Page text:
TOP STORIES A federal judge temporarily blocks Kentucky's new abortion law

A federal judge temporarily blocks Kentucky’s new abortion law

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Abortion-rights supporters chant their objections at the Kentucky Capitol in Frankfort on April 13, as state lawmakers debate overriding the governor’s veto of an abortion measure.

Bruce Schreiner/AP


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Bruce Schreiner/AP

Abortion-rights supporters chant their objections at the Kentucky Capitol in Frankfort on April 13, as state lawmakers debate overriding the governor’s veto of an abortion measure.

Bruce Schreiner/AP

LOUISVILLE, Ky. — A federal judge on Thursday temporarily blocked a state law that effectively eliminated abortions in Kentucky after the state’s two remaining clinics said they couldn’t meet its requirements.

The decision by US District Judge Rebecca Grady Jennings was a victory for abortion rights advocates and a setback for the Republican-led legislature, which passed the law in March and then overrode Democratic Gov. Andy Beshear’s veto of the measure last week. One of the clinics said Thursday that it would immediately resume abortion services.

The new law bans abortions after 15 weeks of pregnancy and requires women to be examined by a doctor before receiving abortion pills. It also contains new reporting requirements that the Kentucky clinics said they couldn’t immediately comply with. Noncompliance can result in stiff fines and felony penalties.

Jennings’ order did not delve into the larger issue of the new law’s constitutionality. Instead, it focused on the clinics’ claims that they’re unable to comply with the measure because the state hasn’t yet set up clear guidelines.

Jennings, who was appointed by former President Donald Trump, said she decided to block the entire law because she lacked information “to specifically determine which individual provisions and subsections are capable of compliance.”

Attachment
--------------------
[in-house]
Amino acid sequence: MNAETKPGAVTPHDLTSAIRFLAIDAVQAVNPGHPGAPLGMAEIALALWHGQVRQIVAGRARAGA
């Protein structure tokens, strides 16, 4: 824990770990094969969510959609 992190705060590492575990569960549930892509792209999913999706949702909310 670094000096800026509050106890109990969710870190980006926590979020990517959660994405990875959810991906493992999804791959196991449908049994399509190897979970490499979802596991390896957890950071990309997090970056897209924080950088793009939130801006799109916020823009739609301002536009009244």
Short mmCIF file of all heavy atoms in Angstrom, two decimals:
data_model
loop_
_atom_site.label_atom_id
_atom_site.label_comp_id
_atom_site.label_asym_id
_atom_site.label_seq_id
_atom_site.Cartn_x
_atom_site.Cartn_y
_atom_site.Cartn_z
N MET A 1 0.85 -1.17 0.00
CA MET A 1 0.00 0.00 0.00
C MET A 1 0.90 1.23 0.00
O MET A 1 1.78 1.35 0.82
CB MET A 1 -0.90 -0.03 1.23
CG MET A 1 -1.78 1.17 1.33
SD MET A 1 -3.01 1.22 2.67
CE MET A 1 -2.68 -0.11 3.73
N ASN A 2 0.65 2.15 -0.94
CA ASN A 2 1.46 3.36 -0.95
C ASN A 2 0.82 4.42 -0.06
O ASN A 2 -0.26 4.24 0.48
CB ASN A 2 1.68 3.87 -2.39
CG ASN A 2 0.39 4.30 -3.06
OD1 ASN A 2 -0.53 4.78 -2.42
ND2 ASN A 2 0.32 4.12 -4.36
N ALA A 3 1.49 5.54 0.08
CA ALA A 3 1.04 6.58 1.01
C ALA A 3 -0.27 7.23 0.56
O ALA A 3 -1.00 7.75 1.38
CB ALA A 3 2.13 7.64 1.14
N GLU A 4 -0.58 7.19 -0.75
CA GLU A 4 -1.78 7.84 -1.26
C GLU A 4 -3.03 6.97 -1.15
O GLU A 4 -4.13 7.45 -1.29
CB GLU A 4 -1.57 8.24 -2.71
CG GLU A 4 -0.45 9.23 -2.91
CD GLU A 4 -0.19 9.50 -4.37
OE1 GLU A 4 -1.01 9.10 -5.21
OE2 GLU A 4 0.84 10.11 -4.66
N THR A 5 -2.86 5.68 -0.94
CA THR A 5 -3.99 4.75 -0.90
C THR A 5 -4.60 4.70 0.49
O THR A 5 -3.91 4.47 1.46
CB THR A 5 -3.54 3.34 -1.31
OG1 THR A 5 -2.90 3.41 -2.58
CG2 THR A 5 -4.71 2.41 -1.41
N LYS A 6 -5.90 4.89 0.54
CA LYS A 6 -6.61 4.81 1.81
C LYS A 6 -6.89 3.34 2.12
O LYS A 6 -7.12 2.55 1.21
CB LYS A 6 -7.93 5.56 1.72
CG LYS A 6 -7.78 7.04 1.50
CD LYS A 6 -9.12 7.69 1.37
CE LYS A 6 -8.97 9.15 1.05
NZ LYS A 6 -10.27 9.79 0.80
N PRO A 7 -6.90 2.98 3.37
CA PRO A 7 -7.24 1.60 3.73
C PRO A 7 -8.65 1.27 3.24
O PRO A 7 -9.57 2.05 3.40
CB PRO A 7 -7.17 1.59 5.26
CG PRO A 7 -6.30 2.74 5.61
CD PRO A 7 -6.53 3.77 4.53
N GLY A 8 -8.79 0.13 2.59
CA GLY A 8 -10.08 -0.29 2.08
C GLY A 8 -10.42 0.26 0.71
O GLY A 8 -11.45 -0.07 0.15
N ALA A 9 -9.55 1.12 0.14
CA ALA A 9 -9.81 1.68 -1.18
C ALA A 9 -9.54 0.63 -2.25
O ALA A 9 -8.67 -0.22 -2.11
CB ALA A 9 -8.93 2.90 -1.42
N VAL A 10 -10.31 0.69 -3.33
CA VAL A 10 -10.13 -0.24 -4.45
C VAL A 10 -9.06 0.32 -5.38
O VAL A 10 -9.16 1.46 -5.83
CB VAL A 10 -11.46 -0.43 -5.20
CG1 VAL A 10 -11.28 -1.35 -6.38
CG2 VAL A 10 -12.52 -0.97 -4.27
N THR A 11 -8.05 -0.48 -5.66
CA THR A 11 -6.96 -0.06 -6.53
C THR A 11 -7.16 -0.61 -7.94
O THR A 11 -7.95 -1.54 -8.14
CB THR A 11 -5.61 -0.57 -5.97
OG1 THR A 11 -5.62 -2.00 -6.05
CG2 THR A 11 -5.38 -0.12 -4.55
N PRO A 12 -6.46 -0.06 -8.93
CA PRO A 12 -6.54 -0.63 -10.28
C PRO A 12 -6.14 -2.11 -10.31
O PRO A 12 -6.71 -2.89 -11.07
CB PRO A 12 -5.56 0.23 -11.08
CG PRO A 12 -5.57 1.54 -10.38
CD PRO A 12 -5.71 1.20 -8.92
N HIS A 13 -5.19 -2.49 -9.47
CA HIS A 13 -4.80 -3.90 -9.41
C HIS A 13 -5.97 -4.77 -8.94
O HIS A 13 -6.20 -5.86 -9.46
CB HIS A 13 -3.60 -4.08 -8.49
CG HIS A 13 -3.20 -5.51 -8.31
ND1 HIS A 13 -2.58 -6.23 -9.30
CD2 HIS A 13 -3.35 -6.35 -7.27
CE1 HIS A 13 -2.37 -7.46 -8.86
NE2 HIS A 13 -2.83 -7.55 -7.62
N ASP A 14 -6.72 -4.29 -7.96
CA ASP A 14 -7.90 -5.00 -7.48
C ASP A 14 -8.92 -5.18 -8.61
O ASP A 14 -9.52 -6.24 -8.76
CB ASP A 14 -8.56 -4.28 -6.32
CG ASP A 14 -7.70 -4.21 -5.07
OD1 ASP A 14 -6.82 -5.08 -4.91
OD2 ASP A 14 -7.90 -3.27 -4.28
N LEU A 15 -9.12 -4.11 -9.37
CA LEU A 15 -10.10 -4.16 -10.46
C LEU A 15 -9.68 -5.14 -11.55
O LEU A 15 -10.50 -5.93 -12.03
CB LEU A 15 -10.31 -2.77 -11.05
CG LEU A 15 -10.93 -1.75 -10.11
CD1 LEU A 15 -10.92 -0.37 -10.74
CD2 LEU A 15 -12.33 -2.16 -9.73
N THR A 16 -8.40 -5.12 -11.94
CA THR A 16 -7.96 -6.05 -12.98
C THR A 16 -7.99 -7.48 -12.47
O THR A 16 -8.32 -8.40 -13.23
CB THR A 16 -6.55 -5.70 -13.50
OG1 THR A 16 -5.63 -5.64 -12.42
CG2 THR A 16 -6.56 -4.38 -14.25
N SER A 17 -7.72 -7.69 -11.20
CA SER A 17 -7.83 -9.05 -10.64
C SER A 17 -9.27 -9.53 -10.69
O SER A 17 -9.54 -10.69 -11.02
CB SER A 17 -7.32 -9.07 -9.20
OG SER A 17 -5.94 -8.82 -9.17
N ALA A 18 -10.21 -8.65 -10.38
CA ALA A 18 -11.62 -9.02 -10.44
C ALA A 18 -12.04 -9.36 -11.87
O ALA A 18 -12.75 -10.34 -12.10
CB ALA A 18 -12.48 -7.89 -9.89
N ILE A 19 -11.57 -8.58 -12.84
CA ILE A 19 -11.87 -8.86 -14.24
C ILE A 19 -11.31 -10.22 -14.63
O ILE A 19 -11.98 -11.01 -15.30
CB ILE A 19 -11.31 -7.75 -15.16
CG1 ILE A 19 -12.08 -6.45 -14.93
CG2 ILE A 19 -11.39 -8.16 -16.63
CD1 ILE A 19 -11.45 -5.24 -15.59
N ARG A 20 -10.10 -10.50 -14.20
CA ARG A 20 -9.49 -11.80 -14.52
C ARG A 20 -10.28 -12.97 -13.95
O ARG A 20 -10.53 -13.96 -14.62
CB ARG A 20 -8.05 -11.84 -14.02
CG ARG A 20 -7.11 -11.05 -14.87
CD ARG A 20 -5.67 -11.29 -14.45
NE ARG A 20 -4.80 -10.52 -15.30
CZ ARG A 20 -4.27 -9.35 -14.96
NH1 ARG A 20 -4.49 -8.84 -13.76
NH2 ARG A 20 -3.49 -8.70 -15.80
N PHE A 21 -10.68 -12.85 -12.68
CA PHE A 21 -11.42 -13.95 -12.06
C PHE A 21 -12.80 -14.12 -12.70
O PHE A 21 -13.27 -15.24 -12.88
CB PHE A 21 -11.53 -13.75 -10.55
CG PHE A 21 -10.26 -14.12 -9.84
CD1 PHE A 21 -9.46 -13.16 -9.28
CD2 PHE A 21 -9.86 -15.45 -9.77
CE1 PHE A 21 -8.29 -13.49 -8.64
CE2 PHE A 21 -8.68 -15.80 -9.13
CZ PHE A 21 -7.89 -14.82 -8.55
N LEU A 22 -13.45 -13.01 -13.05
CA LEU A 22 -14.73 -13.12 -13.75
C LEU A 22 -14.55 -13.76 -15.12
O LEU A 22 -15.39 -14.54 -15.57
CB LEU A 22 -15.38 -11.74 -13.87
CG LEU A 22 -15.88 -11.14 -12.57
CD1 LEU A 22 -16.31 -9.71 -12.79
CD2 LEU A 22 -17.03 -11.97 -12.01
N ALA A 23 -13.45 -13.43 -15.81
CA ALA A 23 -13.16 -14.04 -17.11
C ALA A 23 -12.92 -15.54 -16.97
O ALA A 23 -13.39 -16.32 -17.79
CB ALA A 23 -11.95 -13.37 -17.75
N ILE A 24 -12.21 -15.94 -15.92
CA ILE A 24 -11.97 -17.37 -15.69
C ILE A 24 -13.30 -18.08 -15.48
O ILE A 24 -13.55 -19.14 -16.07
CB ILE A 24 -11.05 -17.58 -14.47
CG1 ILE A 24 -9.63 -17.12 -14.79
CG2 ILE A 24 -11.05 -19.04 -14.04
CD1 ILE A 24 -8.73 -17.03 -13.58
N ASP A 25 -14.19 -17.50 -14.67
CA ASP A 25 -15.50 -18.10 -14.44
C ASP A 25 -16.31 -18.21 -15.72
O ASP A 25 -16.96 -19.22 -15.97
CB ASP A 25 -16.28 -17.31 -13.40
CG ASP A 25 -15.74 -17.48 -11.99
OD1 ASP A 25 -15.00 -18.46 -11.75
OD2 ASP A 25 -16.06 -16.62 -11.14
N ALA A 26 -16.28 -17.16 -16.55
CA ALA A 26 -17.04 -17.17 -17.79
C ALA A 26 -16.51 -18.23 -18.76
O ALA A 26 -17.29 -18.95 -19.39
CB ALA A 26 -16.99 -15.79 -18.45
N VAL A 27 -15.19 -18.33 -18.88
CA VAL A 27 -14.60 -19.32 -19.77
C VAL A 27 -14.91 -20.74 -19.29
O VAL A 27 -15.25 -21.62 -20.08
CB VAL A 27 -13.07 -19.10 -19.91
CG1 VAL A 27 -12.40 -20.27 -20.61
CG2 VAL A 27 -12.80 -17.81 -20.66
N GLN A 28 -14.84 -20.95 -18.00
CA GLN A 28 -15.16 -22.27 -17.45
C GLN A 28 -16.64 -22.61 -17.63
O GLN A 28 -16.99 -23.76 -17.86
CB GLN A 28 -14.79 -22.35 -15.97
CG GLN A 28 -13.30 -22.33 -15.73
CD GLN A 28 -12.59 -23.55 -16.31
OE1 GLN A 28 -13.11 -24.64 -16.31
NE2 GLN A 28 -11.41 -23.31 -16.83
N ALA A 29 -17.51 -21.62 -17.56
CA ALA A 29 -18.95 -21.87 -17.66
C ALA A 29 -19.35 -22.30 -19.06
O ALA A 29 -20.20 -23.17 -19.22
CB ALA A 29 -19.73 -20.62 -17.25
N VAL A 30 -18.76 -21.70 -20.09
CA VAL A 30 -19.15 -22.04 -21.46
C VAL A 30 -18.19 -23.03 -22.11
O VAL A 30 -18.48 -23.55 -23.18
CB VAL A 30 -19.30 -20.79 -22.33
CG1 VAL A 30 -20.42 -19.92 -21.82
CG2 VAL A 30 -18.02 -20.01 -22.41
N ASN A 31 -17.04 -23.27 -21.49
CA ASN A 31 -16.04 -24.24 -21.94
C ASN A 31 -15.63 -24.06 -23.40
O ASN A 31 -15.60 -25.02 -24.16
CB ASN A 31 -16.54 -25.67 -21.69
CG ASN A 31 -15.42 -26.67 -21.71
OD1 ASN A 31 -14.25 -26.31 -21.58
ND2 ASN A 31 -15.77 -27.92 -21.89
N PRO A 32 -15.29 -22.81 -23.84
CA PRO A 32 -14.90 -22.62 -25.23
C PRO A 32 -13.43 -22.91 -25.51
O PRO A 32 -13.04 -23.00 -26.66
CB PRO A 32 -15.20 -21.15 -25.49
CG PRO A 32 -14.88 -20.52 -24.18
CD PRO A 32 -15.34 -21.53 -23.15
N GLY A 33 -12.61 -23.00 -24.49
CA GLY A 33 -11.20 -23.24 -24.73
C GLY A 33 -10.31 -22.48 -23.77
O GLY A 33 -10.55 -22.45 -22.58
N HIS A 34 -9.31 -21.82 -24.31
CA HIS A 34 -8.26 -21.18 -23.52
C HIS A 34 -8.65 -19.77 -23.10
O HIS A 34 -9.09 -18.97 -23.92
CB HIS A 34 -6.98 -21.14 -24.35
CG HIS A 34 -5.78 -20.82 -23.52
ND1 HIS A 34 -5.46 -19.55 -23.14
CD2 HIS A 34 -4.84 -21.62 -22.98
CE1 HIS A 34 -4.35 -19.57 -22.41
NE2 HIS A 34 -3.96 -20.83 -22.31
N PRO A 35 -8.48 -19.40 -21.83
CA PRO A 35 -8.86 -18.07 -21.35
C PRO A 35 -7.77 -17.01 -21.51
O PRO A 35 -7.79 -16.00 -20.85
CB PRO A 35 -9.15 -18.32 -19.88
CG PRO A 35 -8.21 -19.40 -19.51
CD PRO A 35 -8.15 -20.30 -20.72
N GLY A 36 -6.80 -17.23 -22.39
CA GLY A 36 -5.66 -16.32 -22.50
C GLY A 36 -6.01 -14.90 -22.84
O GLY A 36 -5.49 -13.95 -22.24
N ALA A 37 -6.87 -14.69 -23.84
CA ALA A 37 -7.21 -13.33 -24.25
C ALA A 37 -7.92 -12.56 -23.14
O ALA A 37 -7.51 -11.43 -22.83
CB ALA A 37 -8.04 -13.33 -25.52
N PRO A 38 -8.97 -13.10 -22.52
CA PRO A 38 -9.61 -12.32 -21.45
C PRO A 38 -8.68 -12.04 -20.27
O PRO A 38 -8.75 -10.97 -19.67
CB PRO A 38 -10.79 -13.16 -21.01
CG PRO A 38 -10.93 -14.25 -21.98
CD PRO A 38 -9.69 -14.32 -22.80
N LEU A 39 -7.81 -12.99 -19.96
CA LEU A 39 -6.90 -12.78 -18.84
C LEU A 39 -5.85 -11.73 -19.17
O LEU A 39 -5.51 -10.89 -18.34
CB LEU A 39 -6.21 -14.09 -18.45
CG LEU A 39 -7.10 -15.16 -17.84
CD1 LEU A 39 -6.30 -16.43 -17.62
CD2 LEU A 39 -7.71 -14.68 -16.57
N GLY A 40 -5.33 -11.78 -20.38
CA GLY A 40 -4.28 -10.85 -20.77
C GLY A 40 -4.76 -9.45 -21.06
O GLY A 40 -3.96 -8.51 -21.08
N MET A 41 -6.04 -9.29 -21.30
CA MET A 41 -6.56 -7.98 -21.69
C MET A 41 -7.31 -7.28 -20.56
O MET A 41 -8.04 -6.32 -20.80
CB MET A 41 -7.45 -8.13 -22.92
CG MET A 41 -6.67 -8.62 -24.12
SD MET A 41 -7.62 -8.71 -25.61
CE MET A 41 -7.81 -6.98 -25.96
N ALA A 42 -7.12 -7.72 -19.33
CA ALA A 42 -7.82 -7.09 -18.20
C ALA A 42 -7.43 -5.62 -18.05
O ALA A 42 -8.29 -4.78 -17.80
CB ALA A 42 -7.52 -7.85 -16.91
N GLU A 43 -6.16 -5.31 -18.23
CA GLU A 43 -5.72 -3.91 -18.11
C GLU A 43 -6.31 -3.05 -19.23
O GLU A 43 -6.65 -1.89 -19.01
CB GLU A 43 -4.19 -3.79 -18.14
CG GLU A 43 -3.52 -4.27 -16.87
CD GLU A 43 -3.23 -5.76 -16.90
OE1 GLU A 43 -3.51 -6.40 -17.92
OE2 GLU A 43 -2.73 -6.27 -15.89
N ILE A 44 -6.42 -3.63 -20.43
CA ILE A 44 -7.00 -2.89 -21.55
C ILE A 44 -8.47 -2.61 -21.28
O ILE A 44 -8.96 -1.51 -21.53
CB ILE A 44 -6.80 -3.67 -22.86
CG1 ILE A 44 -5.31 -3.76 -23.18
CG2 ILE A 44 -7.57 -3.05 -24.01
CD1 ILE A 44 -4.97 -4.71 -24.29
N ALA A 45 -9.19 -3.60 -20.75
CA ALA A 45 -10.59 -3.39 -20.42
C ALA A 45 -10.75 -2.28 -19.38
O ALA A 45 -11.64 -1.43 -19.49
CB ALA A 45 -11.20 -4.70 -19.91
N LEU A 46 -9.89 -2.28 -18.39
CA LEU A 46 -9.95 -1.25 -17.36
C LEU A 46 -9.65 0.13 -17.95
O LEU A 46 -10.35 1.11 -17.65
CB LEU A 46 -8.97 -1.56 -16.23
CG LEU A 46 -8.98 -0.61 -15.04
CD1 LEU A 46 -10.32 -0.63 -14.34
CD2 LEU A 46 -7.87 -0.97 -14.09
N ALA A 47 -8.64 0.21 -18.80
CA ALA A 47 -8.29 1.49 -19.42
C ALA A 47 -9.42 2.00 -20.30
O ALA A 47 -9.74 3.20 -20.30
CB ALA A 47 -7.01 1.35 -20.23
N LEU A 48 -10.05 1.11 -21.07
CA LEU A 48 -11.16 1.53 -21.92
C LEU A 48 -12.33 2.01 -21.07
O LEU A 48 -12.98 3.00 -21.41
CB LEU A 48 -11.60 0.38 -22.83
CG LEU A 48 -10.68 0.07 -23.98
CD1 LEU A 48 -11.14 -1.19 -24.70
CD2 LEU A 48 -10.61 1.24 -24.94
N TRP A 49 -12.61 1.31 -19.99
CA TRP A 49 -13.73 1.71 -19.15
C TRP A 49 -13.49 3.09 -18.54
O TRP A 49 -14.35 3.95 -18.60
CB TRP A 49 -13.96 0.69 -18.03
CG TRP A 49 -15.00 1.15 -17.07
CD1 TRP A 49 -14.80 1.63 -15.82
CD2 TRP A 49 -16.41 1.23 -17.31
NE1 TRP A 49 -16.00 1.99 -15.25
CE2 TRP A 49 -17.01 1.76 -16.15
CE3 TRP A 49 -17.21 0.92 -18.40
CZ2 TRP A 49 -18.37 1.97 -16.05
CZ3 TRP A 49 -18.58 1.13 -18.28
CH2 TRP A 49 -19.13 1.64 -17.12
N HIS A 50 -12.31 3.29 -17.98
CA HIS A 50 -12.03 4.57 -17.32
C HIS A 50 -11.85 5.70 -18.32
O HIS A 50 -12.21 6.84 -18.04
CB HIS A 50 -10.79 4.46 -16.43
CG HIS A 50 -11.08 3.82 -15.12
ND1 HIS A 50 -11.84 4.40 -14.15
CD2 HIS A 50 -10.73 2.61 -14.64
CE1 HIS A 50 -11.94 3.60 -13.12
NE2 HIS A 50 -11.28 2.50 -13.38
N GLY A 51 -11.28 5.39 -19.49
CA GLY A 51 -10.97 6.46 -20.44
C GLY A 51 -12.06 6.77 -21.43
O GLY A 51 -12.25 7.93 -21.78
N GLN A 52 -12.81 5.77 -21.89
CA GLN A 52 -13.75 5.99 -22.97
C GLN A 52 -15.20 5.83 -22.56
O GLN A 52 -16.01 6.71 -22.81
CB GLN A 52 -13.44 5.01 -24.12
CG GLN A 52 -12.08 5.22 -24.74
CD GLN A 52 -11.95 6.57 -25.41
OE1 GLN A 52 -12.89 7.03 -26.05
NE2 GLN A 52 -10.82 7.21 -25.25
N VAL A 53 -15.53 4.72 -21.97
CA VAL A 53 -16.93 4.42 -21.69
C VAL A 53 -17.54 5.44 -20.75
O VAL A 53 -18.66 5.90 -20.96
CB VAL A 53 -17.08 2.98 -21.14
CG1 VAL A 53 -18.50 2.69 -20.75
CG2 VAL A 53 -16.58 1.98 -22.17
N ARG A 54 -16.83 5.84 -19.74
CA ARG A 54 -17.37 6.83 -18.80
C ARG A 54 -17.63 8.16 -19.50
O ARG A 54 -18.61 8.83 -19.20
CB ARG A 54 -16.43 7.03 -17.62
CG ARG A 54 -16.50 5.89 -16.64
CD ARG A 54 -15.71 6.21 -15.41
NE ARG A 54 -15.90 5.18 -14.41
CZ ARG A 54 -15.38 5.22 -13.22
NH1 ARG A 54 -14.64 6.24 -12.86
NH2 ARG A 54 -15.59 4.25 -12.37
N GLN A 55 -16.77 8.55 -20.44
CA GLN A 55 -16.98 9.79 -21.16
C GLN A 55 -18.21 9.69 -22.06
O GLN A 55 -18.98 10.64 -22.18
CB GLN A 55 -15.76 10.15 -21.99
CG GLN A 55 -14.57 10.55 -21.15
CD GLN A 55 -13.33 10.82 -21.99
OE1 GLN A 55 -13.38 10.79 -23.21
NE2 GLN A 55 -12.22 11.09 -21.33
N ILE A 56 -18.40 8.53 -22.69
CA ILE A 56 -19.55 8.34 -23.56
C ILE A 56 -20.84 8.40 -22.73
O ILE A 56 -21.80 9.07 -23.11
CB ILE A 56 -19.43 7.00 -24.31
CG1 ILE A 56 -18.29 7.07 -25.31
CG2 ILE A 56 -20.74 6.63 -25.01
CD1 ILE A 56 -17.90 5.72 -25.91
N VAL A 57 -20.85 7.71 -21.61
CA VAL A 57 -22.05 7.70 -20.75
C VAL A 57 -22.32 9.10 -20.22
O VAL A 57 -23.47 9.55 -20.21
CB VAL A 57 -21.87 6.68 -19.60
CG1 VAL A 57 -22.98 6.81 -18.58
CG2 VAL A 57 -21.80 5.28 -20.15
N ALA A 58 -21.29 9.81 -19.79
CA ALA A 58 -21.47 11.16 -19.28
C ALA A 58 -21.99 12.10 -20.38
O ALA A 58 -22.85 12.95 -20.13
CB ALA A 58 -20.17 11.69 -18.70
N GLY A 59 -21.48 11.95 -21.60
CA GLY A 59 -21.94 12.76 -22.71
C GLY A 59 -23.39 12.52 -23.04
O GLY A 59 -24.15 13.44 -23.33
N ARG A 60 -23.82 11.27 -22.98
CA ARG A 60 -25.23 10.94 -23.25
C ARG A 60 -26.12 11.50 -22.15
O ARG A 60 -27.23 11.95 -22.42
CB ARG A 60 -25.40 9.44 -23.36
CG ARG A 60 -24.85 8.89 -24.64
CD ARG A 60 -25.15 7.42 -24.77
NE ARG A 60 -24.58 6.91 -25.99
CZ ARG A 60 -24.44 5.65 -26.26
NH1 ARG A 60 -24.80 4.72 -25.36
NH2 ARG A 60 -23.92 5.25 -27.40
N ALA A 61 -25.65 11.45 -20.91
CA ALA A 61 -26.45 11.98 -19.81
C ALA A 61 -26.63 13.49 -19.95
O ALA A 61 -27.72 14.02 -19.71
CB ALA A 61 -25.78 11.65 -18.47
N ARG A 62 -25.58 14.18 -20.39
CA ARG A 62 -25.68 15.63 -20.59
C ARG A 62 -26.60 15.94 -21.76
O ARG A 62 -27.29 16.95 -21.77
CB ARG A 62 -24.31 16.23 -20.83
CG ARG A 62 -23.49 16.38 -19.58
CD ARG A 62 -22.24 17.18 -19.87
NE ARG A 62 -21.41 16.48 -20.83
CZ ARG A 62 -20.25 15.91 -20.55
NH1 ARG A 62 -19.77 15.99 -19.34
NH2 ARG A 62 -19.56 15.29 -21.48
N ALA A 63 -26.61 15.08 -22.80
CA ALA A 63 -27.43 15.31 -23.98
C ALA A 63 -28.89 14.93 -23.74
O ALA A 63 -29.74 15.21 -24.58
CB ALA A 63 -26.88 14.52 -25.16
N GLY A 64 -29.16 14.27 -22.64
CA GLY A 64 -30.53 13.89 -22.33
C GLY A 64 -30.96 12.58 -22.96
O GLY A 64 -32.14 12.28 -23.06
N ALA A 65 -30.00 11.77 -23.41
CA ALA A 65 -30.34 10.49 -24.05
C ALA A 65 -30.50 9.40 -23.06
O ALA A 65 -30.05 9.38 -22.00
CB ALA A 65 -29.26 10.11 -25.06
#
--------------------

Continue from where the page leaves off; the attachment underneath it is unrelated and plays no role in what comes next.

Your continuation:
Abortion rights activists said they were relieved by the decision but noted more rounds are ahead in the legal fight.

“This is a win, but it is only the first step,” said Rebecca Gibron, the CEO for Planned Parenthood in Kentucky, where its clinic is immediately resuming abortion services. “We’re prepared to fight for our patients’ right to basic health in court and to continue doing everything in our power in ensure abortion access is permanently secured in Kentucky.”

Supporters say the goal of Kentucky’s new law is to protect women’s health and strengthen oversight. Opponents say the objective all along was to stop abortions in the state completely.

Kentucky is among the GOP-led states that have passed restrictive abortion laws in anticipation of a US Supreme Court decision that could reverse the landmark Roe v. Wade decision that established a right to abortion nationwide nearly 50 years ago.

Pending before the high court is a challenge to a law passed in a fifth state, Mississippi, that bans abortion after 15 weeks. The court has indicated that it will allow Mississippi’s ban to stand and conservative justices have suggested they support overruling Roe.

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